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State law codification commonly utilized the methods of takhayyur (selection of rulings without restriction to a particular madhhab) and talfiq (combining parts of different rulings on the same question).
Other currents, such as networks of Indonesian ulema and Islamic scholars residing in Muslim-minority countries, have advanced liberal interpretations of Islamic law without focusing on traditions of a particular madhhab.
Since the 1970s, most Muslim-majority countries have faced vociferous demands from their religious groups and political parties for immediate adoption of sharia as the sole, or at least primary, legal framework.
However, there is no evidence of the existence of "no-go zones", and these allegations are sourced from anti-immigrant groups falsely equating low-income neighborhoods predominantly inhabited by immigrants as "no-go zones".
Fiqh is traditionally divided into the fields of uṣūl al-fiqh (lit.
the roots of fiqh), which studies the theoretical principles of jurisprudence, and furūʿ al-fiqh (lit.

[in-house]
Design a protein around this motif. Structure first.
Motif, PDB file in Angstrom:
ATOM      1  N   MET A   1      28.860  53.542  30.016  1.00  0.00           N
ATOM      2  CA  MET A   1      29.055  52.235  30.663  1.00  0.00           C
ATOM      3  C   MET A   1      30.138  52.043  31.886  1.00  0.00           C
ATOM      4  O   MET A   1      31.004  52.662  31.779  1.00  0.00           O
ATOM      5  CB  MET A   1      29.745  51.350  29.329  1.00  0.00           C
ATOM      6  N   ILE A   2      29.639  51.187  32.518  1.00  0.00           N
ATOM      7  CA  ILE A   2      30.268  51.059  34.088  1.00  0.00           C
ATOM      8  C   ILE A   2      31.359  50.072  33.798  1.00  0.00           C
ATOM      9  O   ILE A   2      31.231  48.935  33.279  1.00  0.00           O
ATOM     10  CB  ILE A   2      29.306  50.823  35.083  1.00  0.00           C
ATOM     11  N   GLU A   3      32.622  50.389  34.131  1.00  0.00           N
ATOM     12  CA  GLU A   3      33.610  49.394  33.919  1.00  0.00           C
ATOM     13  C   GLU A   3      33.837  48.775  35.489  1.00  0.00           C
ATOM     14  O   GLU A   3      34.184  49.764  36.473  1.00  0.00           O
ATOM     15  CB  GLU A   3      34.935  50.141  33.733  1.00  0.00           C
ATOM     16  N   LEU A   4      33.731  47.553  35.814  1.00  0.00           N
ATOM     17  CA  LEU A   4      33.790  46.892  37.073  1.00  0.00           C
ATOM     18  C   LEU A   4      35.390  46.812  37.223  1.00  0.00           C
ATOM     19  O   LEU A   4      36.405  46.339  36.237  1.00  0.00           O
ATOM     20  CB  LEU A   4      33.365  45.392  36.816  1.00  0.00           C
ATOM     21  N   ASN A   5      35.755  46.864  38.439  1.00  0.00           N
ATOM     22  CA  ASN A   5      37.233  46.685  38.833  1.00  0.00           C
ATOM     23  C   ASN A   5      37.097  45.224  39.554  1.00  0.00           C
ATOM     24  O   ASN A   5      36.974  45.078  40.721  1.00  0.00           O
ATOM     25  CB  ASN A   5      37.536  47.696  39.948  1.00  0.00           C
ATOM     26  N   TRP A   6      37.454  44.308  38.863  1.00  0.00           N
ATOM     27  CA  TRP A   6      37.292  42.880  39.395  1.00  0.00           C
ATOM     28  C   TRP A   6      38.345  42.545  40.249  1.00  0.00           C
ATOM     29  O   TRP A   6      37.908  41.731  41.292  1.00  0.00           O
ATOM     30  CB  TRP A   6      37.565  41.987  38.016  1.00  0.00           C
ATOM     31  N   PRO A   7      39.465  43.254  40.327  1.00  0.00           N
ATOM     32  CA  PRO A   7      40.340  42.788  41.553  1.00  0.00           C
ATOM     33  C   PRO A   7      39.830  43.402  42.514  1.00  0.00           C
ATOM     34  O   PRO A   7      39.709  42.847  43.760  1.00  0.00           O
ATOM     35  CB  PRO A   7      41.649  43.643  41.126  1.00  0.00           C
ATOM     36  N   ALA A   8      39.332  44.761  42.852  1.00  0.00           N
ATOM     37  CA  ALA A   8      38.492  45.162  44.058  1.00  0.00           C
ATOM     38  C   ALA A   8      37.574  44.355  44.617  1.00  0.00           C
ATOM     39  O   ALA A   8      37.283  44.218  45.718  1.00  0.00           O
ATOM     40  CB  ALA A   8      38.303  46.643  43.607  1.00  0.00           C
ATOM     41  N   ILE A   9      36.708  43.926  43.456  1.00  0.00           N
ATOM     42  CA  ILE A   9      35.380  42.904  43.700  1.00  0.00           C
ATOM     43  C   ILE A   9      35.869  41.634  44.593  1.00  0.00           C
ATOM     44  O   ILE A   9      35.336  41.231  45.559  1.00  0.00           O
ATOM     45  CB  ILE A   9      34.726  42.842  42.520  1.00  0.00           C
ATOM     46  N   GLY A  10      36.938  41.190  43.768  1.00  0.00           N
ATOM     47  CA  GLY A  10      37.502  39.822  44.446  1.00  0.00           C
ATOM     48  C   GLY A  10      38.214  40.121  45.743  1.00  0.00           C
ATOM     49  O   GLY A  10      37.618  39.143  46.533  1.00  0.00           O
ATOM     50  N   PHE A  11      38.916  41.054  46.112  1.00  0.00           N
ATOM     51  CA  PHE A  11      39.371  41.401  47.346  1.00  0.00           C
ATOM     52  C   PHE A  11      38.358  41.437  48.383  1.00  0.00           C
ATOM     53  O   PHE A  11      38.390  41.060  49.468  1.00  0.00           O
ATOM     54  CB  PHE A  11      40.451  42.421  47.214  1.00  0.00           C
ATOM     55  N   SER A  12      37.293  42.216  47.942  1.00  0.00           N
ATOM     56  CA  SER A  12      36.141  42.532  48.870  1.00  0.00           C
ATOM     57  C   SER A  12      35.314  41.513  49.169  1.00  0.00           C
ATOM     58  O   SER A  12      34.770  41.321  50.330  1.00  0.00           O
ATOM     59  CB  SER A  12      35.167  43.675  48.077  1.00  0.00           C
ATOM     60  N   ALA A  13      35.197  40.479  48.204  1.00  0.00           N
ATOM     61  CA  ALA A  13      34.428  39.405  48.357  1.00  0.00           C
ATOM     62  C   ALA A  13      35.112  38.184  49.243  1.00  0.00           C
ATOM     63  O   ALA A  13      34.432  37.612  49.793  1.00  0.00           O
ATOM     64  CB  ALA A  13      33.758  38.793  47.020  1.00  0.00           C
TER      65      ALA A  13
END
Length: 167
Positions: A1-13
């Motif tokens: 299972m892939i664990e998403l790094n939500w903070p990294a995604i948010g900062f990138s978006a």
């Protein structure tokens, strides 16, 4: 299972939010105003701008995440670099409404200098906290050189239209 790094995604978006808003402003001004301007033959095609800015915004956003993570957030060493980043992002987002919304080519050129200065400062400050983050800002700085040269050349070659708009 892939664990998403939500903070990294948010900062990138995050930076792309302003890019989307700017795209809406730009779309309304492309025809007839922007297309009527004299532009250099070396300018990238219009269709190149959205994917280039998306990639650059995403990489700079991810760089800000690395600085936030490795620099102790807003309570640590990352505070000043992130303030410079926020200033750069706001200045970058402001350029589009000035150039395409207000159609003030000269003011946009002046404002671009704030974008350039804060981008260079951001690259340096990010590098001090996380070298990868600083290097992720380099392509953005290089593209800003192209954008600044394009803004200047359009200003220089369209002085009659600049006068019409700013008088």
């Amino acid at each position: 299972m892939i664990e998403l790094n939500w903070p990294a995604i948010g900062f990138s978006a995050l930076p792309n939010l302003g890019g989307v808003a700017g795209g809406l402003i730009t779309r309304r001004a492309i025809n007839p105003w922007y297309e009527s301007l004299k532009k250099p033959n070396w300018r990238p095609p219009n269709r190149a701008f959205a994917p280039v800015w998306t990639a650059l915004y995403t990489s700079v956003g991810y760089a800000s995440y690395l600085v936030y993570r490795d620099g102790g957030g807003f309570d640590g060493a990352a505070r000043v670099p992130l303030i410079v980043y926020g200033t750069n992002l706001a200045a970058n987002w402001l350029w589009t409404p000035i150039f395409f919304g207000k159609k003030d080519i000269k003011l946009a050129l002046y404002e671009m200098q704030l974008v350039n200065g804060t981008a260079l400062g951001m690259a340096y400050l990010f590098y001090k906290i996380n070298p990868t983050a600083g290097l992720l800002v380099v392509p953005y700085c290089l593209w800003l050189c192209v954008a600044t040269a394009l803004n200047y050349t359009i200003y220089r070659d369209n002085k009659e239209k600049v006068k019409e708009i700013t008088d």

These reports led first to informal discussion and then systematic legal thought, articulated with greatest success in the eighth and ninth centuries by the master jurists Abu Hanifah, Malik ibn Anas, Al-Shafi‘i, and Ahmad ibn Hanbal, who are viewed as the founders of the Hanafi, Maliki, Shafiʿi, and Hanbali legal schools (madhhabs) of Sunni jurisprudence.
In texts evoking a pastoral or nomadic environment, the word and its derivatives refer to watering animals at a permanent water-hole or to the seashore, with special reference to animals who come there.the branches of fiqh), which is devoted to elaboration of rulings on the basis of these principles.